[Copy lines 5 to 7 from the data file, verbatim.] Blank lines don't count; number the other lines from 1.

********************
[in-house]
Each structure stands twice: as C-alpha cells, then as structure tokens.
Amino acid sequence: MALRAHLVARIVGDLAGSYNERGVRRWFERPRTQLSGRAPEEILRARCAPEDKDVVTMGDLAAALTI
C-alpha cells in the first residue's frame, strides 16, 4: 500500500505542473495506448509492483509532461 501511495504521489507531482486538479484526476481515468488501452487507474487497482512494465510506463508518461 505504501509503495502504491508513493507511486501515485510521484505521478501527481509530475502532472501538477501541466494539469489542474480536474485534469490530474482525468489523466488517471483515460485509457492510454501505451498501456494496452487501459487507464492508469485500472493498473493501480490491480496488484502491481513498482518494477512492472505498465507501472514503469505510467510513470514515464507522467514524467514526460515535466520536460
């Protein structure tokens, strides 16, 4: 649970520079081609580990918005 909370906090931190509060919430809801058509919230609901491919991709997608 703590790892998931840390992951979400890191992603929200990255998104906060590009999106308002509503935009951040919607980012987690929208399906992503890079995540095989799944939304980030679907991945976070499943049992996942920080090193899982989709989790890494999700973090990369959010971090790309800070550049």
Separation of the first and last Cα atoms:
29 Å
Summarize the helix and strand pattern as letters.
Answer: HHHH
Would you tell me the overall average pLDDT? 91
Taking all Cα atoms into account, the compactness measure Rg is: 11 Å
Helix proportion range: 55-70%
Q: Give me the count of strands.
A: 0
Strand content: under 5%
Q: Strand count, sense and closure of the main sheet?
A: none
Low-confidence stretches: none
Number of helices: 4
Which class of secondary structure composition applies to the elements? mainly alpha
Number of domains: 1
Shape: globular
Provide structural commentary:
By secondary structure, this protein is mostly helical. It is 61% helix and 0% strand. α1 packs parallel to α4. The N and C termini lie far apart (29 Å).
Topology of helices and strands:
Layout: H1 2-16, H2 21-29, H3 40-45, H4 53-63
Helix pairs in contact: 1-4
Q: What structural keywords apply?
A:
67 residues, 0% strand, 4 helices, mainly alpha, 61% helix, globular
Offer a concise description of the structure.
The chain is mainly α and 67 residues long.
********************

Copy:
């Protein structure tokens, strides 16, 4: 649970520079081609580990918005 909370906090931190509060919430809801058509919230609901491919991709997608 703590790892998931840390992951979400890191992603929200990255998104906060590009999106308002509503935009951040919607980012987690929208399906992503890079995540095989799944939304980030679907991945976070499943049992996942920080090193899982989709989790890494999700973090990369959010971090790309800070550049």
Separation of the first and last Cα atoms:
29 Å